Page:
Reality Calling

In Susan Breen’s mystery novel Maggie Dove, Maggie (a Sunday school teacher in a small town) discovers the dead body of her neighbor in her front yard late at night. Then…

Maggie took off her sweater and put it over his face, thinking to protect him. Then she ran into her house and called the police, except that in her nervousness she accidentally transposed the digits. She wound up with the pizza parlor instead.

“You can’t be wanting a pizza so late, Mrs. Dove,” Joe said. “What’s up?”

“Something terrible’s happened, Joe,” she whispered because it didn’t seem right to speak loudly. “Something’s wrong. Marcus Bender is dead on my lawn.”

This being a small town, Joe knows Maggie, and he calls an ambulance.

It reminds me of a moment in Tom Wolfe’s novel The Bonfire of the Vanities. Sherman McCoy (a financier in Manhattan) takes the dog out of for a walk because he wants to call his mistress out of earshot of Judy, his wife. This being the 1980’s, he calls from a payphone:

Three rings, and a woman’s voice: “Hello?”

But it was not Maria’s voice. He figured it must be her friend Germaine, the one she sublet the apartment from. So he said: “May I speak to Maria, please?”

The woman said: “Sherman? Is that you?”

Christ! It’s Judy! He’s dialed his own apartment! He’s aghast—paralyzed!


He hangs up. Oh Jesus. What can he do? He’ll bluff it out. When she asks him, he’ll say she doesn’t know what she’s talking about.

I love both these moments not because I’m a fan of misplaced phone calls (interesting as they are), but because they’re the kind of accidental, absurd things that happen in real life. They’re so minor, you might not think to include them in your story, but you should, at least now and then.

These accidental, absurd things bring a smudge of reality to your story. They seem so randomly real that they must have truly happened. Why would someone invent something so silly?

It’s nice to bring reality-smudges to a story heavy on artifice—for example, a cozy mystery like Maggie Dove. And you’ll want life’s randomness to run rampant in a highly naturalistic story—for example, the current TV series The Bear.

Hey, try this: write a scene about a mistaken phone call.

And I’ll leave you with the opening of Raymond Carver’s short story “Whoever Was Using This Bed”:

The call comes in the middle of the night, three in the morning, and it nearly scares us to death.

“Answer it, answer it!” my wife cries. “My God, who is it? Answer it!”

Wrong number.

Alex Steele,

Gotham President

Find the Light

It’s Halloween today, but the world will still be scary tomorrow.

Sorry, but it’s hard to ignore the darkness surrounding us these days.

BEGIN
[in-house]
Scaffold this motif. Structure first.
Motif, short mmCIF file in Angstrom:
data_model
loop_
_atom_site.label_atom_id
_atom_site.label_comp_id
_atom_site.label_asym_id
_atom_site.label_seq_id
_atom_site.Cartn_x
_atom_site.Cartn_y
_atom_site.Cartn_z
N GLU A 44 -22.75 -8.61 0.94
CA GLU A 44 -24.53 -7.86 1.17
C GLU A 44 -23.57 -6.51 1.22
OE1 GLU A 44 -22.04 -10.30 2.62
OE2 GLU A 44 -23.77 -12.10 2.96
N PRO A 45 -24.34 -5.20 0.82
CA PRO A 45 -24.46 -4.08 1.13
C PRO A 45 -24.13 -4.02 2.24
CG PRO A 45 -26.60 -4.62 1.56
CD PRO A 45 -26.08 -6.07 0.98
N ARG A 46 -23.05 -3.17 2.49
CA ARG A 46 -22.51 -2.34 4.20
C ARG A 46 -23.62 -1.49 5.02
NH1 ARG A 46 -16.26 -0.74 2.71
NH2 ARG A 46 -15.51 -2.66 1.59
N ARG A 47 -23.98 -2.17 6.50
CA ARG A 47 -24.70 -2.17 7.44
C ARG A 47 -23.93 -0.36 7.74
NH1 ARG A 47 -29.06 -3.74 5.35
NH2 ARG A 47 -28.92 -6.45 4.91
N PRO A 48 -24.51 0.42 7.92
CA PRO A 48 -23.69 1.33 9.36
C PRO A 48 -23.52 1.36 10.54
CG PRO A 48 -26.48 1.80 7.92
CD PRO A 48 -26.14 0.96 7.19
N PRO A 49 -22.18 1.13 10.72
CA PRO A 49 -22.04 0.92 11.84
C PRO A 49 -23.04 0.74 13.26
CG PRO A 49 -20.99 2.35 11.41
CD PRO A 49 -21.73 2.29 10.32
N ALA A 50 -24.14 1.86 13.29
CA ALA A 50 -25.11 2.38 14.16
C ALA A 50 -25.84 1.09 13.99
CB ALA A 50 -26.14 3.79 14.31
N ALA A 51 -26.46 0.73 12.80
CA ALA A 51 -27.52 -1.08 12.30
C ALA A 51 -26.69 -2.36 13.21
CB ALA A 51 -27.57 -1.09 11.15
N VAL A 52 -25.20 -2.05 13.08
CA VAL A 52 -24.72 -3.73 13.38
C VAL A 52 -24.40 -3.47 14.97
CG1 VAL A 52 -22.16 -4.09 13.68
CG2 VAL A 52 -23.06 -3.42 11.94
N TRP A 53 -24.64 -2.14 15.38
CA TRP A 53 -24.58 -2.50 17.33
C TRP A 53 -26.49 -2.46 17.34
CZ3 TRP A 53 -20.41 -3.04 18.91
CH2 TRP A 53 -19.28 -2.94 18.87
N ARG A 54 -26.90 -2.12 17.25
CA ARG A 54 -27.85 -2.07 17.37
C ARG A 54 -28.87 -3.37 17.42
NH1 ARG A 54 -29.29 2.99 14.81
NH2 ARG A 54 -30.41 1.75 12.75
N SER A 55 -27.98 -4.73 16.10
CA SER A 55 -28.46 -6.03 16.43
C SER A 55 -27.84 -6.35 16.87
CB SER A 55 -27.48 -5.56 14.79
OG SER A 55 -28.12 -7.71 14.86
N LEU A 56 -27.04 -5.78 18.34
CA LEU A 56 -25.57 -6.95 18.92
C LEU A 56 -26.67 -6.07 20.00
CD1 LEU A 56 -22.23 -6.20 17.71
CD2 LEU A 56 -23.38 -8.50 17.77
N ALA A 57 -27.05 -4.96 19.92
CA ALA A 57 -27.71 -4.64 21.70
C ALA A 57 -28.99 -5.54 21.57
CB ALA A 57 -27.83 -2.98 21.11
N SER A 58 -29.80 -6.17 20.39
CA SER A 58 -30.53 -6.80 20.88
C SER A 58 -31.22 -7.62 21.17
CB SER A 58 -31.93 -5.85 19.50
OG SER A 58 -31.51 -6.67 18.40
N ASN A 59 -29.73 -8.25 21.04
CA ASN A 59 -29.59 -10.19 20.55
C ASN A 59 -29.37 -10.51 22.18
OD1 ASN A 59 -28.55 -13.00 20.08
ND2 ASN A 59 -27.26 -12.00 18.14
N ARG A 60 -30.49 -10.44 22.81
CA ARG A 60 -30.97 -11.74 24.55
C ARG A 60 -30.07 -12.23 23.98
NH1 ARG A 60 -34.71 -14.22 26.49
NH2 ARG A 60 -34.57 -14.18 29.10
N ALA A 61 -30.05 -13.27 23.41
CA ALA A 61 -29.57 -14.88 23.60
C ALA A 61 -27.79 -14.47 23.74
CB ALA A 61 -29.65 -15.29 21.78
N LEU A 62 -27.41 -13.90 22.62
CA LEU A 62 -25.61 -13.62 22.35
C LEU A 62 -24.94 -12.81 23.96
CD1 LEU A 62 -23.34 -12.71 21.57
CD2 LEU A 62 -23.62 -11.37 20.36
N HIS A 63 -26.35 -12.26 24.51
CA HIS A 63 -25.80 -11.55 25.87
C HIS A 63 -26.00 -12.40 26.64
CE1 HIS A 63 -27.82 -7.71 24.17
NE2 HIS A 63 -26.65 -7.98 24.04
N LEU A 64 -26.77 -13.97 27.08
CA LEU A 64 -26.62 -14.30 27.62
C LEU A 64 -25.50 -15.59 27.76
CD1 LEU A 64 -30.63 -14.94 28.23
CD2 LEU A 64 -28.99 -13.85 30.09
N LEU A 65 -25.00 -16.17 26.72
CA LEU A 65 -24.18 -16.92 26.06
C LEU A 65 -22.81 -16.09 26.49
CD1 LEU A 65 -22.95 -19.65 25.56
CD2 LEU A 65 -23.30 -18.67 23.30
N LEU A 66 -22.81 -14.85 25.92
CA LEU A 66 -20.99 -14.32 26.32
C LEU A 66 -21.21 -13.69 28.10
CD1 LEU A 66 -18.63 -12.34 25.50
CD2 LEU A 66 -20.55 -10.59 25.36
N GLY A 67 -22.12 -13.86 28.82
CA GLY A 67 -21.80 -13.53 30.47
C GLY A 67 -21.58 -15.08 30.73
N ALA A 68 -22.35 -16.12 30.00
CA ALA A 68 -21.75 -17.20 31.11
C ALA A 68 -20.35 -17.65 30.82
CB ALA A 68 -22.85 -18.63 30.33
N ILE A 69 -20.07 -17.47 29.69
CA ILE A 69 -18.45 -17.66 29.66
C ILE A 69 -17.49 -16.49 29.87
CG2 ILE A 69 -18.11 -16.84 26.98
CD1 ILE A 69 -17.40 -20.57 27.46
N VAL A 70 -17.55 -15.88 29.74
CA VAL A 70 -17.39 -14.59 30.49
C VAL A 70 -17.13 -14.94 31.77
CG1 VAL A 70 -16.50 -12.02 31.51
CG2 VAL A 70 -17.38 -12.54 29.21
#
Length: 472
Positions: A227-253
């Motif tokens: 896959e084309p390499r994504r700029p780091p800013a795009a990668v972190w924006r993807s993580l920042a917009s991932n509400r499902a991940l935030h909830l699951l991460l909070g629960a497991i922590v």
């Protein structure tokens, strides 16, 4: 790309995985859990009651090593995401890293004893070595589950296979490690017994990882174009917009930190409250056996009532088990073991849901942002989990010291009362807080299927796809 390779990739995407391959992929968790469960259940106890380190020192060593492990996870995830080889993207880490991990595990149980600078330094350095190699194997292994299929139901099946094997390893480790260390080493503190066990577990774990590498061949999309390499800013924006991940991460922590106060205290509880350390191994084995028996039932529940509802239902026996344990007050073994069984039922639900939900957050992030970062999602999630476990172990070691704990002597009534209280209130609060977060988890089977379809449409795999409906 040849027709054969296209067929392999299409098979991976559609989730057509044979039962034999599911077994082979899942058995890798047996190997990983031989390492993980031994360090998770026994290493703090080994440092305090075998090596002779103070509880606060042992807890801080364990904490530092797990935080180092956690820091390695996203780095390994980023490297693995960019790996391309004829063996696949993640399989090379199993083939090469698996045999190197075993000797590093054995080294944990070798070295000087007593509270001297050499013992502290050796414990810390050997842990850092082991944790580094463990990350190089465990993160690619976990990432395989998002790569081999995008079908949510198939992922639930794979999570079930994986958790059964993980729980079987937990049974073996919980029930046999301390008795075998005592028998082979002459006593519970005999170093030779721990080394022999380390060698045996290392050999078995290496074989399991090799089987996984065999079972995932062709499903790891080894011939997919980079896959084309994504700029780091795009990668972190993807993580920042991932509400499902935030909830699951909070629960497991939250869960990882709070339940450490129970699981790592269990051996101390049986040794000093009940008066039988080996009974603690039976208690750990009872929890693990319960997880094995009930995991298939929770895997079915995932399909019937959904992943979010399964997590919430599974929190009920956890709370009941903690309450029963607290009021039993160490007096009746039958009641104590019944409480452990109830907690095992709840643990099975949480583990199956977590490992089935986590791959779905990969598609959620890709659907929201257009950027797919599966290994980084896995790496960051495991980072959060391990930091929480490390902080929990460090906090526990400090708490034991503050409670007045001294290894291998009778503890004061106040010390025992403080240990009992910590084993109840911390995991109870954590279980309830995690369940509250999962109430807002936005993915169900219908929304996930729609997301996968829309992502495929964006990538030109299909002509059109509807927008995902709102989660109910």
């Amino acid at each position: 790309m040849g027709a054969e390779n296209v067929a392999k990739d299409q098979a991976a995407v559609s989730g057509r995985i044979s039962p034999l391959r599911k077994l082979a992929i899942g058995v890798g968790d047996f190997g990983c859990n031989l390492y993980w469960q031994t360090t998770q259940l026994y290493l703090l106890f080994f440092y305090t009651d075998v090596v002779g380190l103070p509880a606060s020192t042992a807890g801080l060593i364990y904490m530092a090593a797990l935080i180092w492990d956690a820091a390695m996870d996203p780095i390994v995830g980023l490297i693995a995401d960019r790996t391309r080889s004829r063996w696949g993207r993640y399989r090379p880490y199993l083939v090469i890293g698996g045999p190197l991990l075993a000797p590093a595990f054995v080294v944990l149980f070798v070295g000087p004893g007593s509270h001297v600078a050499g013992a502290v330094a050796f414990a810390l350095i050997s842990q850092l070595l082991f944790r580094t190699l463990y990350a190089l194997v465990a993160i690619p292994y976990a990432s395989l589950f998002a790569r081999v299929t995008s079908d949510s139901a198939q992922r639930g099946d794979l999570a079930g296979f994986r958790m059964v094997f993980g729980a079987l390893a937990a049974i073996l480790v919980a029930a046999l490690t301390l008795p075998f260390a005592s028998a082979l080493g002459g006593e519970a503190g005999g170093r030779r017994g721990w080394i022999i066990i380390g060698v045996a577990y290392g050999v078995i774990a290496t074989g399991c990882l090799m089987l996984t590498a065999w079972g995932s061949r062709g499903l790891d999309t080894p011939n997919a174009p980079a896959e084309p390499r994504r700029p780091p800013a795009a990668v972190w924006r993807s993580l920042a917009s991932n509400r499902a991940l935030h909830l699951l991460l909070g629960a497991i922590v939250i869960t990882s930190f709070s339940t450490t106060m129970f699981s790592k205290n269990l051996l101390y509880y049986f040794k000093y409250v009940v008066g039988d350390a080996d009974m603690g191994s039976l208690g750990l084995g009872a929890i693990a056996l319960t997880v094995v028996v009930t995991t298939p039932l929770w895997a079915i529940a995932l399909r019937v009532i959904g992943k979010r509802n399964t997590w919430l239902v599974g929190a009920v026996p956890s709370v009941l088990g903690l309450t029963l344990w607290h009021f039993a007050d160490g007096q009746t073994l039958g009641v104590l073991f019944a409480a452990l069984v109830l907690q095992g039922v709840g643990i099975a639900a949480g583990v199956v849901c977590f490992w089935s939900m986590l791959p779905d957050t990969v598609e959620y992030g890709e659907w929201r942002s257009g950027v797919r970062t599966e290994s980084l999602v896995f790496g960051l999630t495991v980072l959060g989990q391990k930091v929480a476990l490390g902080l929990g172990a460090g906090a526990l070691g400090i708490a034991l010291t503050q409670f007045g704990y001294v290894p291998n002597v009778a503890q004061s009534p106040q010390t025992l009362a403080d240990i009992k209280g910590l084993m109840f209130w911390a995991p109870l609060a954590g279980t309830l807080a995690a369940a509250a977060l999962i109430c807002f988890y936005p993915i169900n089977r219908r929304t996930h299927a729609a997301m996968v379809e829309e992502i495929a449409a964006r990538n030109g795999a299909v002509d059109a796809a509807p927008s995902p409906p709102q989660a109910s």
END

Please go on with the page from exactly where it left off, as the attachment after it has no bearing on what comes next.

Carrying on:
One way to cope, to survive, to thrive is to find the light where you can. And to cherish that light.

If you find light in writing or being around others who like to write, maybe Gotham can help.

When the pandemic struck, we started offering free Friday Write-Ins on Zoom, and they’re still going. Please join us if you like. You are all invited.

And we have new classes starting up all the time.

Plus, contests and conferences and scholarships and resources.

And here you’ll find some inspiring letters from Gotham students who have reached their writing dreams in some way.

All of us here at Gotham will feel good if we can offer something that makes you feel good.

Alex Steele

Gotham President

Fall Up

Life starts all over again when it gets crisp in the fall.
                   — F. Scott Fitzgerald, The Great Gatsby

You already know that Gotham offers excellent writing classes, as we’ve been doing since 1993, and that we have lots of classes starting up this fall.

A few other things you should know about…

Blog & Newsletter Writing
We have a new course that focuses on writing blogs and newsletters. It replaces our Blog Writing and Blog Basics courses, with totally up-to-date info on both blogs and newsletters (the latter being a hot thing in the writing world). With blogs and newsletters, you get to create your very own publication, how you want, when you want. The maiden voyage of this course begins Online on October 10.

Video Game Writing
Where can you find a course on writing for Video Games? Gotham is one of the only places. We have Video Game Writing, Part 1 starting Online October 17. Part 2 is coming soon. And—psssst—we allow teens to take this course.

The Razor
Gotham’s online literary magazine just released its October edition. Each month we present two flash stories—one fiction, one nonfiction, each with original artwork and a polished audio recording. We want you to be reading The Razor as well as submitting stories to it. If you get picked, we’ll even pay you. (And stay tuned for our new course in flash fiction and nonfiction.)

Gotham Literary/Commercial Fiction Conference
Coming up on Saturday November 18 and Sunday November 19, on Zoom, this is the place to be if you’re interested  in publishing a literary or commercial novel. Day 1 will feature panels and presentations, including my interview with Ann Napolitano, author of Hello Beautiful (the latest pick for Oprah’s Book Club). Day 2 will be the pitching roundtables, where you get to pitch and discuss your book project at a table with two top literary agents and a handful of fellow writers. You can attend Day 1 or Day 2, or both.

Creative Writing Scholarship for Writers of Color
Every quarter we offer a new scholarship for writers of color. The current scholarship focuses on creative writing, in all its brilliantly-colored forms. You have until November 15 to apply.

Frightening First Line Contest
With a nod to Halloween, our Fall contest invites you to create a frightening first line for a story. You can use more than one sentence, as long as you don’t go over 31 words. Winner gets a free class.

I know, I know, it’s almost too much excitement. But on Sunday November 5, most of us change our clocks and we get an extra hour of sleep.

Alex Steele,